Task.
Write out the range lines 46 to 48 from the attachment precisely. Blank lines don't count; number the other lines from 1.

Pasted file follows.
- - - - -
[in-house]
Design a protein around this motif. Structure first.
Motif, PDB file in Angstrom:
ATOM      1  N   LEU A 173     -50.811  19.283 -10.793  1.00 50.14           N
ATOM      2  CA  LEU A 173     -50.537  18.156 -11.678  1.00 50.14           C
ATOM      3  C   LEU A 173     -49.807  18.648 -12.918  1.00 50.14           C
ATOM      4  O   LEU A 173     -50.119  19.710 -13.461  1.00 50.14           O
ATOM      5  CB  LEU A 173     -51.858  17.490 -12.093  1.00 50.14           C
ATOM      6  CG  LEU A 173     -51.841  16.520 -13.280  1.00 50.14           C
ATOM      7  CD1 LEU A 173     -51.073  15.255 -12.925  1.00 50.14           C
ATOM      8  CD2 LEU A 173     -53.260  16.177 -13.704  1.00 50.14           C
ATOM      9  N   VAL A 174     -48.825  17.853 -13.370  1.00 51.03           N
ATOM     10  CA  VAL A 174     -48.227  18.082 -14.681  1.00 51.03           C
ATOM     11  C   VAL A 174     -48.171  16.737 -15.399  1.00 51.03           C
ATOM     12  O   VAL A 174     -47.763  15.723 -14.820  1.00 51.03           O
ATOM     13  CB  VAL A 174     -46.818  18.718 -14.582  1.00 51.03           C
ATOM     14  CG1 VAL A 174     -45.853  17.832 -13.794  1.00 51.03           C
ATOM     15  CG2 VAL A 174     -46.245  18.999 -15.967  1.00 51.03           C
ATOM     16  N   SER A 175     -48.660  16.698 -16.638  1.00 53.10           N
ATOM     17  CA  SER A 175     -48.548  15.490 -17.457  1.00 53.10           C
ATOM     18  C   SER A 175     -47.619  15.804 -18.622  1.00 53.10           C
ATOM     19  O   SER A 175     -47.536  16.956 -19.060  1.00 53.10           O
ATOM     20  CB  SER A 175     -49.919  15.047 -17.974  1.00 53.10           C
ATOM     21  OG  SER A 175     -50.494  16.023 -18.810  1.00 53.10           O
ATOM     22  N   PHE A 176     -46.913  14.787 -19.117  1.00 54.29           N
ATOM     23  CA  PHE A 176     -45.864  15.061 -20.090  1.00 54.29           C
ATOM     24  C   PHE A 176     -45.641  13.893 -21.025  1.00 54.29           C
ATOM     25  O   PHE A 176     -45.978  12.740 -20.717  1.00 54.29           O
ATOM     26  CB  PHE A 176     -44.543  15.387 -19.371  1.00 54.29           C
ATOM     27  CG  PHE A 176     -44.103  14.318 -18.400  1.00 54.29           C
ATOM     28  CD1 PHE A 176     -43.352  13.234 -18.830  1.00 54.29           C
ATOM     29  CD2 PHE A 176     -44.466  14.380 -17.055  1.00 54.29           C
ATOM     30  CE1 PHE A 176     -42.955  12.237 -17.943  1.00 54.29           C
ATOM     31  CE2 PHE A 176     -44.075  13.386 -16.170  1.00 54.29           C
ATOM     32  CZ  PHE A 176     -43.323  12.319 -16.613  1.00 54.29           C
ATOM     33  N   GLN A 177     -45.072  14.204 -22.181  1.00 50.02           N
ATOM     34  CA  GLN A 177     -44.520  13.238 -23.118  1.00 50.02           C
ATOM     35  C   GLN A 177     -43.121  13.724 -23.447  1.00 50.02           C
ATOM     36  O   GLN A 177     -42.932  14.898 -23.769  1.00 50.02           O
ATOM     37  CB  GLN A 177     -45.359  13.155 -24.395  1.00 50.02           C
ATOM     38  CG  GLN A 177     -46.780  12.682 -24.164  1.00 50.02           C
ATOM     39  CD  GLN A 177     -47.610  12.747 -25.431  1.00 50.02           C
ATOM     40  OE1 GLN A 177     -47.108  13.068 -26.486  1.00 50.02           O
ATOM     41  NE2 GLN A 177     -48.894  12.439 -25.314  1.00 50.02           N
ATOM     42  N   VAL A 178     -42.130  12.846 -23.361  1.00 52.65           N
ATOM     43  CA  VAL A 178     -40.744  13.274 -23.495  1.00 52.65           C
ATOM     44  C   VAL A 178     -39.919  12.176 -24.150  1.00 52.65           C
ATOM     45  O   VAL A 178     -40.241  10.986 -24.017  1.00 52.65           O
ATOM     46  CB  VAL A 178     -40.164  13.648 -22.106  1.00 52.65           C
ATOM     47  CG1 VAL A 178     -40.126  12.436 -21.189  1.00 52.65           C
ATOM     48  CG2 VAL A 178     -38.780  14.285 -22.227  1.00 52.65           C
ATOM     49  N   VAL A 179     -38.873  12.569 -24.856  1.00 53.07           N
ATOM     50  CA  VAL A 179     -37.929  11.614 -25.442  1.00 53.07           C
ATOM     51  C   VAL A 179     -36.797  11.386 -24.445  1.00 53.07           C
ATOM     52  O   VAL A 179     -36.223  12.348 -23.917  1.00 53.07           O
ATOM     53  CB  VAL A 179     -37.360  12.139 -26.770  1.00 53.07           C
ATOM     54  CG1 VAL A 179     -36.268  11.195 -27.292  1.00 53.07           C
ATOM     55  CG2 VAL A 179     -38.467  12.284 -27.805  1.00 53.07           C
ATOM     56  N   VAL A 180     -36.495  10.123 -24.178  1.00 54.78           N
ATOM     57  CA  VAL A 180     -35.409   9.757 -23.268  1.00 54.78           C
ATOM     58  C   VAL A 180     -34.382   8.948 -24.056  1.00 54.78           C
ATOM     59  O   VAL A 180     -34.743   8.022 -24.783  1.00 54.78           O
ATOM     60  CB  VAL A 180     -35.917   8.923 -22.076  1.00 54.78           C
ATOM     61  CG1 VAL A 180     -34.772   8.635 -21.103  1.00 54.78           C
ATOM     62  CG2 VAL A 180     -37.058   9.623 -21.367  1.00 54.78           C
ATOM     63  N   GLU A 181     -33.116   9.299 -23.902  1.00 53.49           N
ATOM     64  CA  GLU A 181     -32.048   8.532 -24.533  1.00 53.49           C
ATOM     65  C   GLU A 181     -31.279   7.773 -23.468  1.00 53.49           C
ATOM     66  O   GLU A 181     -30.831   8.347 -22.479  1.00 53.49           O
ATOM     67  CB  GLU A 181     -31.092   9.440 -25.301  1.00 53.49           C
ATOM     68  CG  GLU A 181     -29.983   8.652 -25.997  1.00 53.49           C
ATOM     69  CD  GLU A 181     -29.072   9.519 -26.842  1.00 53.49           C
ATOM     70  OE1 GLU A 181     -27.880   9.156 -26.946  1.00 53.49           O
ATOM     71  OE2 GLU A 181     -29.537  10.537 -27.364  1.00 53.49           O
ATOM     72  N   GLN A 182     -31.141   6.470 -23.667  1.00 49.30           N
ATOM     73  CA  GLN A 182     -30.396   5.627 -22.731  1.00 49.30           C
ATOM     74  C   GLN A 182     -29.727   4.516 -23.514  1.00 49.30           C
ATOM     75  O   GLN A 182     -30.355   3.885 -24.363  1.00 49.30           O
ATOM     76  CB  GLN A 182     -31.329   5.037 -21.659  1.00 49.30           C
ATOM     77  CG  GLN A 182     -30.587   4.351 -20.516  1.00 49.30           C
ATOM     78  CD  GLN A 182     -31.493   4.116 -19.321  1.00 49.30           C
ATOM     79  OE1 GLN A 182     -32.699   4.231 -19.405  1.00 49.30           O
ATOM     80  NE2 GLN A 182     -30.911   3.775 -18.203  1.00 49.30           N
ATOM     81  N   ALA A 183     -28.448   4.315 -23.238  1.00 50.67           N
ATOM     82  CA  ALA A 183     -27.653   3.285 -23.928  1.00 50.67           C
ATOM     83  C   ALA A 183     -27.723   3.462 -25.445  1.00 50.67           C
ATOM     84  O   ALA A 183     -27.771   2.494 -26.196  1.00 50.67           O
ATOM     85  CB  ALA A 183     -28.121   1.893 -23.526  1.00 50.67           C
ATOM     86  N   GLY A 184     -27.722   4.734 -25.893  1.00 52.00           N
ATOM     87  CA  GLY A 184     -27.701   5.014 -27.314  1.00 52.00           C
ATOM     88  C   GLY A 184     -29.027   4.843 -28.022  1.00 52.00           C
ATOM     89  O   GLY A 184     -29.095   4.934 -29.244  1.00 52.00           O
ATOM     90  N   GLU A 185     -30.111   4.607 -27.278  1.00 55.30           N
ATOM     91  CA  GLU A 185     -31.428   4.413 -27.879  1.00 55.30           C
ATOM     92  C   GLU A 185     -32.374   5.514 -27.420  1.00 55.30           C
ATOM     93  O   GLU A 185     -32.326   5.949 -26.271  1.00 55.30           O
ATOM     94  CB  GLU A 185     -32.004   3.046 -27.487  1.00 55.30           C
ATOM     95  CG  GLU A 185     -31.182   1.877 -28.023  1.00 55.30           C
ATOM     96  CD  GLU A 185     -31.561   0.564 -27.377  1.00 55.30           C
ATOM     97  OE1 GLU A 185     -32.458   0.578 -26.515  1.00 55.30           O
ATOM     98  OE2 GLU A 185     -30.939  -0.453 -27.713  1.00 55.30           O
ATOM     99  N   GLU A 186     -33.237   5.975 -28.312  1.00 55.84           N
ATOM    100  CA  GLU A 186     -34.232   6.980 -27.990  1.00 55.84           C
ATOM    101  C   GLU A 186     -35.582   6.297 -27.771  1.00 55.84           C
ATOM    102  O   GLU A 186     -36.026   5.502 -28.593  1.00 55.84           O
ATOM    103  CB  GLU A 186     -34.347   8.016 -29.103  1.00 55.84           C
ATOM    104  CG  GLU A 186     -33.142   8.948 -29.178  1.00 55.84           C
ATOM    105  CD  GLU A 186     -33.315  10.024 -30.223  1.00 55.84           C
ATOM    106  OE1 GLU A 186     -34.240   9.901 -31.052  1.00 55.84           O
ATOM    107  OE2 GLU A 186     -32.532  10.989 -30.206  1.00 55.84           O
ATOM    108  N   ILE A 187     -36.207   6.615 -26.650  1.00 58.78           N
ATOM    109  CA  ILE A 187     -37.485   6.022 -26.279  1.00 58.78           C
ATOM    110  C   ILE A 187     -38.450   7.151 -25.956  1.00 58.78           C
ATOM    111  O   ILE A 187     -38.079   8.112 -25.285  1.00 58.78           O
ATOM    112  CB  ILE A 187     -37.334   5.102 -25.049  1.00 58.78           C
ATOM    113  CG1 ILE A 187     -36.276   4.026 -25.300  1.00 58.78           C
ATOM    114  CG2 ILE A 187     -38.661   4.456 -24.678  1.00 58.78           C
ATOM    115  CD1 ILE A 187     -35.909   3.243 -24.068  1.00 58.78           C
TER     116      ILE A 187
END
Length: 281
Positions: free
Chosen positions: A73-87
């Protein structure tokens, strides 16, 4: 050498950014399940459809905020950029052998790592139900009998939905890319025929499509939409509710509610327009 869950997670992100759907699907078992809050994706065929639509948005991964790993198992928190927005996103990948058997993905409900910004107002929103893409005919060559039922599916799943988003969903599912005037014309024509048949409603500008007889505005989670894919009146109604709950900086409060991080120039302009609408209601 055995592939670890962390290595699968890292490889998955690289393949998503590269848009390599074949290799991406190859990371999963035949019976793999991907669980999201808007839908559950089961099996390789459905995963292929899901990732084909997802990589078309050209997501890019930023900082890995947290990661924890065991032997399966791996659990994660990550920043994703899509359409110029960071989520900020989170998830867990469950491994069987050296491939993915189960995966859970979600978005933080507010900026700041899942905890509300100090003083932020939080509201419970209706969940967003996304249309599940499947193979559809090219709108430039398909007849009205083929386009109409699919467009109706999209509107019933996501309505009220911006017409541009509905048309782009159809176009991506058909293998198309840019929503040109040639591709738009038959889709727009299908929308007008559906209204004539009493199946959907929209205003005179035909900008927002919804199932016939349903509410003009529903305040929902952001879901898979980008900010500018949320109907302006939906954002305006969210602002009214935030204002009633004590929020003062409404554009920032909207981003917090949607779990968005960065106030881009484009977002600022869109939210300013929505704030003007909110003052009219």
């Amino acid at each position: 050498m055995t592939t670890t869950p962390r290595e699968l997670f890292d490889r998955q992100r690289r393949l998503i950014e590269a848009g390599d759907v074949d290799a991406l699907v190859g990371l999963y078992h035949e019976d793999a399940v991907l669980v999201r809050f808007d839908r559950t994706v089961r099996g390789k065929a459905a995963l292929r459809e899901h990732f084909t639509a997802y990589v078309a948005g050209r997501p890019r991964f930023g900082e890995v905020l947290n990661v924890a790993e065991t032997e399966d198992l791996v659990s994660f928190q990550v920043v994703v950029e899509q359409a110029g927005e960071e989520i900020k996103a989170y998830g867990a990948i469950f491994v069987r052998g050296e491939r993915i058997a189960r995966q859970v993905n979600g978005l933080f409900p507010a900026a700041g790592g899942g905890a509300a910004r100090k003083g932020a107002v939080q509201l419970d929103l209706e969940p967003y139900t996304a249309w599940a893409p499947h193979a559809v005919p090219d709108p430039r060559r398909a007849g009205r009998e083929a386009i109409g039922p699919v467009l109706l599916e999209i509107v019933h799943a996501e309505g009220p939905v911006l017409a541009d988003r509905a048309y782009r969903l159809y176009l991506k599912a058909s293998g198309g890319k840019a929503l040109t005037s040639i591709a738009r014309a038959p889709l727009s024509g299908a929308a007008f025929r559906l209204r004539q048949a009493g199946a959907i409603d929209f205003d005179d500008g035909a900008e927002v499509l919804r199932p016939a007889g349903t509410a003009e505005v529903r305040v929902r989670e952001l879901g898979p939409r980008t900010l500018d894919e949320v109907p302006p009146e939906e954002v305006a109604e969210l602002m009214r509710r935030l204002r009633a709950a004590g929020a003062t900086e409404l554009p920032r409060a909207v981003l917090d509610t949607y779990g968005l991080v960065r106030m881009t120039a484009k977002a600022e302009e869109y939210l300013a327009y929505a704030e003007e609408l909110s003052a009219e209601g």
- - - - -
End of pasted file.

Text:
ATOM     43  CA  VAL A 178     -40.744  13.274 -23.495  1.00 52.65           C
ATOM     44  C   VAL A 178     -39.919  12.176 -24.150  1.00 52.65           C
ATOM     45  O   VAL A 178     -40.241  10.986 -24.017  1.00 52.65           O